Gilmore Considers Falling Off Edge Of Earth Again

Edge of Earth Society: Amelia Earhart-Jim Gilmore-EW Jackson
Jim Gilmore (C), Amelia Earhart and E.W. Jackson have all fallen off the edge of the Earth. Earhart never returned.

Former Virginia Governor Jim Gilmore virtually disappeared after winning the Republican nomination for U.S. Senate in 2008, although conspiracy theorists still posit evidence of his “campaign.” His fellow members in the Edge-of-the-Earth Club are Amelia Earhart, whose plane vanished over the Pacific Ocean during an attempted trip around the globe, and Bishop E.W. Jackson, whose disappearance occurred after he won the GOP nomination for Virginia Lt. Governor in 2013. Now, Gilmore is considering another venture into oblivion.

Read the whole story at WHSV.

E.W. Jackson, Santorum: Jefferson a Communist

The undeniably intelligent and relentlessly misguided E.W. Jackson has formed a group called “STAND” (which, uh, stands for “Staying True To America’s National Destiny”). Late last year, Jackson hosted a conference call with the substantially less intelligent, but no less kooky, Rick Santorum. The audio of that is available at YouTube, in a clip over an hour long. The only video is a still frame of STAND’s logo, which bears a jaw-dropping image of an eagle apparently defiling an American flag.

At 14m47s, Santorum, answering a caller’s question, repeats the tiresome assertion that, “the words separation of church and state is (sic) not in the constitution.” Well, neither is are the words, “women can vote,” but that’s not hard to infer. Thomas Jefferson’s brilliant notions of how religious freedom can be protected in a democracy where ultimate power comes from the governed gets treated a lot like that flag in the logo, by what Santorum goes on to say next:

…the words ‘separation of church and state’ is not in the U.S. Constitution, but it was in the constitution of the former Soviet Union. That’s where it very, very comfortably sat, not in ours.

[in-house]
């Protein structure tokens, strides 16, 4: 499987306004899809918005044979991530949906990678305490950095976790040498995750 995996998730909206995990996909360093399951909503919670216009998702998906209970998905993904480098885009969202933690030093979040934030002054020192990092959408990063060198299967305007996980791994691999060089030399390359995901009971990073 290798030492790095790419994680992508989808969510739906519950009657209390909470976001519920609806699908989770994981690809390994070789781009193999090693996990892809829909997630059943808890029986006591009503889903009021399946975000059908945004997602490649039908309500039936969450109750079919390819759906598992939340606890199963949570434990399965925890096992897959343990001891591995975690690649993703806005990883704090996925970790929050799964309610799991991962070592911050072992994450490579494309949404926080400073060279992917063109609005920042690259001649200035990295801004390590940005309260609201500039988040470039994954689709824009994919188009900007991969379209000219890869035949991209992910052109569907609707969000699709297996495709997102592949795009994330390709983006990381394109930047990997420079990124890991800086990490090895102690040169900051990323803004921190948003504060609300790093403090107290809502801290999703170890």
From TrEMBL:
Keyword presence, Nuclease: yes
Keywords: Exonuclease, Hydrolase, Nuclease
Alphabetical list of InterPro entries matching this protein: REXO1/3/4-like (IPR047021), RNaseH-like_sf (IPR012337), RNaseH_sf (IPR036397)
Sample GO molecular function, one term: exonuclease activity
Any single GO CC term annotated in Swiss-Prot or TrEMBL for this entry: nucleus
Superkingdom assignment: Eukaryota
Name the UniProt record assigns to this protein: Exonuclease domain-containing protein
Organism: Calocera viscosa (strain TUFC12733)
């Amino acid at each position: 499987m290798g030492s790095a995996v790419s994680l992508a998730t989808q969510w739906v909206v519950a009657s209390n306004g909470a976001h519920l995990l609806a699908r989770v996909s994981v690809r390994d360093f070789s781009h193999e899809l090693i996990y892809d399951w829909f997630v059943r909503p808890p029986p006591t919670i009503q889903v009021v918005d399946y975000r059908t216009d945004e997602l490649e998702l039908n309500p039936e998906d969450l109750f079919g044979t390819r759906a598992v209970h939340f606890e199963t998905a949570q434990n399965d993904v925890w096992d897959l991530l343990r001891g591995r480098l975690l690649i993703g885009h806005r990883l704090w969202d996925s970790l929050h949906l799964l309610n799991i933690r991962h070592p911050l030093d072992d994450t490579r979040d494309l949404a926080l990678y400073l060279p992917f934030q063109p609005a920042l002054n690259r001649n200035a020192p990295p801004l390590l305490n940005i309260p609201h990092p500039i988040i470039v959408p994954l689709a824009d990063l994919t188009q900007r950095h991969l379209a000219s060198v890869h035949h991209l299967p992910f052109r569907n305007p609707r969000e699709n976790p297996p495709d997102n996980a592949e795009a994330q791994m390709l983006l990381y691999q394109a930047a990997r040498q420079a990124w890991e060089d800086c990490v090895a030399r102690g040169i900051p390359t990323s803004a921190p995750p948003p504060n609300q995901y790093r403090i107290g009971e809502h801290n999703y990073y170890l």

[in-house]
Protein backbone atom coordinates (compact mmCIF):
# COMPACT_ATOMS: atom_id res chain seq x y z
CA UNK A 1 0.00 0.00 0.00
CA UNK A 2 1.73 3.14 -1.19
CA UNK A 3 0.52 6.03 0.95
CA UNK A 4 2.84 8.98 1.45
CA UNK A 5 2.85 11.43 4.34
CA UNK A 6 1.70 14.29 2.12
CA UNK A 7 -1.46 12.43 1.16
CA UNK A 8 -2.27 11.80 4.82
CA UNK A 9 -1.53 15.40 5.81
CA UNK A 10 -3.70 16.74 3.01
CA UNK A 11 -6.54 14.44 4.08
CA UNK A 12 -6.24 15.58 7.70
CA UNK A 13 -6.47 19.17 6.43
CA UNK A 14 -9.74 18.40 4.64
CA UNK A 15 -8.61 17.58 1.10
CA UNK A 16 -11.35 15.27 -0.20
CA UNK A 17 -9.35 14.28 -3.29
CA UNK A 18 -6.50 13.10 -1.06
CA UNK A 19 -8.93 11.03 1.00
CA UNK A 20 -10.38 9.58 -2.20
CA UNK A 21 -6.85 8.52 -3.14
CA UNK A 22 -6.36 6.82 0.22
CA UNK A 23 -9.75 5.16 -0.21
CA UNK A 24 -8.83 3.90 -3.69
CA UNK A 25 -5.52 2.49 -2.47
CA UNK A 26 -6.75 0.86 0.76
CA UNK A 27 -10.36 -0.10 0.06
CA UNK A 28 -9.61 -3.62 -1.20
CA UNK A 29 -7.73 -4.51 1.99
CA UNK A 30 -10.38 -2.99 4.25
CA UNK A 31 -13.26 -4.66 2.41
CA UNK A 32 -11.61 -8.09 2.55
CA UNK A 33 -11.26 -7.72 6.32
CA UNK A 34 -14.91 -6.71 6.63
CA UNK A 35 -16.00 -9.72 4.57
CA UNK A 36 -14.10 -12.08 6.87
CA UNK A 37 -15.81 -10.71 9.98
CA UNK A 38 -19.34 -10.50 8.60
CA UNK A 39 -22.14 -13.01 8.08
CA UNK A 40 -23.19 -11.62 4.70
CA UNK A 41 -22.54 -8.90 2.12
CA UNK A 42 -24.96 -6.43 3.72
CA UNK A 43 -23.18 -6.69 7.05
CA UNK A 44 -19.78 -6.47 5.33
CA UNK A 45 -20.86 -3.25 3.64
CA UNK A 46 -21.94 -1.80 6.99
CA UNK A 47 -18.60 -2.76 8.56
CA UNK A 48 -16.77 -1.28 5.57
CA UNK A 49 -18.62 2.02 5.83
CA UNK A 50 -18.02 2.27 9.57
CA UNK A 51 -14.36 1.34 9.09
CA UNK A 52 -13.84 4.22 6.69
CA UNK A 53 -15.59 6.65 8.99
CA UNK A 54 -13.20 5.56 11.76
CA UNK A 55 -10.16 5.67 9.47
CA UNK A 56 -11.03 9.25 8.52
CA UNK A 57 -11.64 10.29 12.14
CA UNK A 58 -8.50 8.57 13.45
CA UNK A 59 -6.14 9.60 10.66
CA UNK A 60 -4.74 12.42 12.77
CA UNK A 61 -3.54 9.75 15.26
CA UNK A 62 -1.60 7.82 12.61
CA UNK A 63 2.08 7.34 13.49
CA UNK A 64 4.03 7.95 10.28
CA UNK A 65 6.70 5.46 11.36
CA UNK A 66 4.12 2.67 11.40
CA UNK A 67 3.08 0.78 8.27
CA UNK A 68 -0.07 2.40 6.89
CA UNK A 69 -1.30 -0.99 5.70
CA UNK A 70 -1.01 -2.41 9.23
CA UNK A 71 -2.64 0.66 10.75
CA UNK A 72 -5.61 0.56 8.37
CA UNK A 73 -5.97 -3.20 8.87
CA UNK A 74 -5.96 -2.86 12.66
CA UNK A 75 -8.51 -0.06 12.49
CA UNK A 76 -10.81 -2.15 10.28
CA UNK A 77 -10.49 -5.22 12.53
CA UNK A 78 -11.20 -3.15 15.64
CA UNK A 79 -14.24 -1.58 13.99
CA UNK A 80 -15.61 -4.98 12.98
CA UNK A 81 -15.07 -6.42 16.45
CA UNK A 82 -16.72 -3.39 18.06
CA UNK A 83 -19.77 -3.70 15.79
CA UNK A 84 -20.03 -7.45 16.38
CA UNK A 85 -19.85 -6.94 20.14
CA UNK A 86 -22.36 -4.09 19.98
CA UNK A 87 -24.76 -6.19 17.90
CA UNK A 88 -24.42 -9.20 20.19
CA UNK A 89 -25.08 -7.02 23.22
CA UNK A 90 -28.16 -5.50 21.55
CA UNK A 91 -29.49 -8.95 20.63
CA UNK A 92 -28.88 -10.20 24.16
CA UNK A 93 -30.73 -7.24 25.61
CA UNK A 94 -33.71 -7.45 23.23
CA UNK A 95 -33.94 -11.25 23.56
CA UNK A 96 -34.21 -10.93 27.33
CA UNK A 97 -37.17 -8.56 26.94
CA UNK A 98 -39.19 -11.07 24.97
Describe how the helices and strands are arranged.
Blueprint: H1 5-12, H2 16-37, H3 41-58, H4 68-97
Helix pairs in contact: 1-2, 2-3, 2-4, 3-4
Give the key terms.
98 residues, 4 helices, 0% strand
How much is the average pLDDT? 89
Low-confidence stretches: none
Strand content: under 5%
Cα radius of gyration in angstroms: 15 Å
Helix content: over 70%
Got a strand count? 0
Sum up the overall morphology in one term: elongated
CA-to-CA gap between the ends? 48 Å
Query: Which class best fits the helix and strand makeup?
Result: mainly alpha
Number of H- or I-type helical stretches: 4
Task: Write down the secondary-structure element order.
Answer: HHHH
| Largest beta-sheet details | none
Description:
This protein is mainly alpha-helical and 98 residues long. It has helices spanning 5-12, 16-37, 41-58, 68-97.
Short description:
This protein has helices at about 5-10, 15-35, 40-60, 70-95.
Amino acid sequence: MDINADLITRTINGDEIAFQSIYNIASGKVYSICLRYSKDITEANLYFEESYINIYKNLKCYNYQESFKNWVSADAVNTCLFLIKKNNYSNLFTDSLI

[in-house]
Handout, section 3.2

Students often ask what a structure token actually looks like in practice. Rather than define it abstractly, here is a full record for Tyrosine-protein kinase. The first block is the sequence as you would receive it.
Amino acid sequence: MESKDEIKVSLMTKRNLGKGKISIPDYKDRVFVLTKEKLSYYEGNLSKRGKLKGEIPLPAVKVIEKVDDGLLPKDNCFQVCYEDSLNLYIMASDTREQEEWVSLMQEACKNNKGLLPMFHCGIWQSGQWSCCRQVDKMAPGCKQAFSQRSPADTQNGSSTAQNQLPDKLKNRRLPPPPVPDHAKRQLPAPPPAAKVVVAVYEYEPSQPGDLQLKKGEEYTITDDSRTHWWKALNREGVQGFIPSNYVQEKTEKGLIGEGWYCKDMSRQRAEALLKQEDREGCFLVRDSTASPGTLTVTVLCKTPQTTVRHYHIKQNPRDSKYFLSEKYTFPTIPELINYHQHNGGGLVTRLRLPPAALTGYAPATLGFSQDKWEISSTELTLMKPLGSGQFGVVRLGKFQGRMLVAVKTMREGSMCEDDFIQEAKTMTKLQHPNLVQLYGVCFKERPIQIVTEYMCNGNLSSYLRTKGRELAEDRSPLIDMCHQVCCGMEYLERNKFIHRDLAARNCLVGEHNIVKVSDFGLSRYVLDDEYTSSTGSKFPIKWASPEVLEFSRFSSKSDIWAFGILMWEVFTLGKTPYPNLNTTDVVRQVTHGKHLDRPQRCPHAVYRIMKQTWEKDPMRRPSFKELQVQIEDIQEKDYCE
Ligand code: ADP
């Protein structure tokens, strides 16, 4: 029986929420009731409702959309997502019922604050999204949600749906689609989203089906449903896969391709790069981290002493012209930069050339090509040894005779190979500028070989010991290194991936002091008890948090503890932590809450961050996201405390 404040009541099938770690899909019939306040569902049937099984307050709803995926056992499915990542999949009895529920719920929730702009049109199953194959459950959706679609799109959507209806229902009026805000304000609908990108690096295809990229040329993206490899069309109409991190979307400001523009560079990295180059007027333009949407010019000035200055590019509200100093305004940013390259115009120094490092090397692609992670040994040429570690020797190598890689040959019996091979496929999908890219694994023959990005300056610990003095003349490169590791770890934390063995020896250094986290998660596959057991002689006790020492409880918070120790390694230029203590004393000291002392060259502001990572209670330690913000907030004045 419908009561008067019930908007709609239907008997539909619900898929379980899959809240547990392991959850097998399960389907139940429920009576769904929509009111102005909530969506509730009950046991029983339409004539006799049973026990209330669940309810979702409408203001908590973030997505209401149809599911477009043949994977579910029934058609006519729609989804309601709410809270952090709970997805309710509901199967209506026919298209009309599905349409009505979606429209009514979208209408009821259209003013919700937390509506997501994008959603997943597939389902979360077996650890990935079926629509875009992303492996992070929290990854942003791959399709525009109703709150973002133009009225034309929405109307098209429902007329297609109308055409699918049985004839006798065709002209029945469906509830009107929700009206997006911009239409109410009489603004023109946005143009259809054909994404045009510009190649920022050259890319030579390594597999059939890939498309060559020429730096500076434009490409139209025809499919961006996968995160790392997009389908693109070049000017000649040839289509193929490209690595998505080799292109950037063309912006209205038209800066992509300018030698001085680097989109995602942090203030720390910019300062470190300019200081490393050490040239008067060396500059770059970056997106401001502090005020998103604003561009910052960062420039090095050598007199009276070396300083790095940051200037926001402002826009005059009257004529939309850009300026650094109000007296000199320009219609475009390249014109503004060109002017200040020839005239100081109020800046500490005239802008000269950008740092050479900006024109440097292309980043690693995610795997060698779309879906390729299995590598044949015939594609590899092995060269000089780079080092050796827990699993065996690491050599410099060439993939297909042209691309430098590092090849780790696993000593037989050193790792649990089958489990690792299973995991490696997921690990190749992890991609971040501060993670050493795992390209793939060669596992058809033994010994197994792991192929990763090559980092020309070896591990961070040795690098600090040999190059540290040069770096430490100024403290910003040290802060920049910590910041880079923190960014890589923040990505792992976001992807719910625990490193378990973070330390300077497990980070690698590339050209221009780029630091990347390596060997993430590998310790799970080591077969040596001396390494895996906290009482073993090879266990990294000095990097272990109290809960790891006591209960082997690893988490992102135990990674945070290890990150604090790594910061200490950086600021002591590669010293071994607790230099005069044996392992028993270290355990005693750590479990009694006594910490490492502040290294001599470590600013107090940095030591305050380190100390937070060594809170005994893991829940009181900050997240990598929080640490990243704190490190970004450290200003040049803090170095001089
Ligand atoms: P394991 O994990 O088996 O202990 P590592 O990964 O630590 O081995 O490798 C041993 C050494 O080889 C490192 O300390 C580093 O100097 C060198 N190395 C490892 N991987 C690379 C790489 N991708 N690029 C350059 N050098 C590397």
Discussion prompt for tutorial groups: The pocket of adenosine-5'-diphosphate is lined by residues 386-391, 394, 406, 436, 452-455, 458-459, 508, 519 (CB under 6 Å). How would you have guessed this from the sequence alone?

So Jefferson, who invented this idea, was a communist, to Rick Santorum. Jackson does not contradict, so I’m making the leap that he thinks Jefferson was a communist too.

The Founders clearly did believe that the separation of church and state was an essential element of our constitutional scheme, every bit as much for the welfare of the church as for the state (a point Santorum and his fellow travelers all seem to miss, at the risk that the religion they’d like to see become the basis of our law will be replaced later on by one less to their tastes, if enough people buy into this crap). That’s why the First Amendment protects you against the government telling you how, or even if, you must worship, just as surely as the Nineteenth Amendment protects women’s suffrage.

But, no work of man can override the will of God and, apparently, after about half of this nonsense, The Almighty got fed up with it and, between 38m and 39m, drops Jackson from the call, then another moderator, then the whole thing goes blessedly silent for the remainder of the one-hour-plus recording.

Praise be.

Marshall Hits Base Rock Bottom

In the biggest surprise announcement to the media since it was revealed that Milli Vanilli were faking it, E.W. Jackson endorses Bob Marshall:

After considerable prayer and deliberation, I am enthusiastically endorsing Bob Marshall for the Republican nomination for Congress from the Tenth Congressional District. I appeal to every one of you who believes as I do in our Constitution and what Virginia represents to the history of our nation, to do everything in your power to get him nominated on April 26th!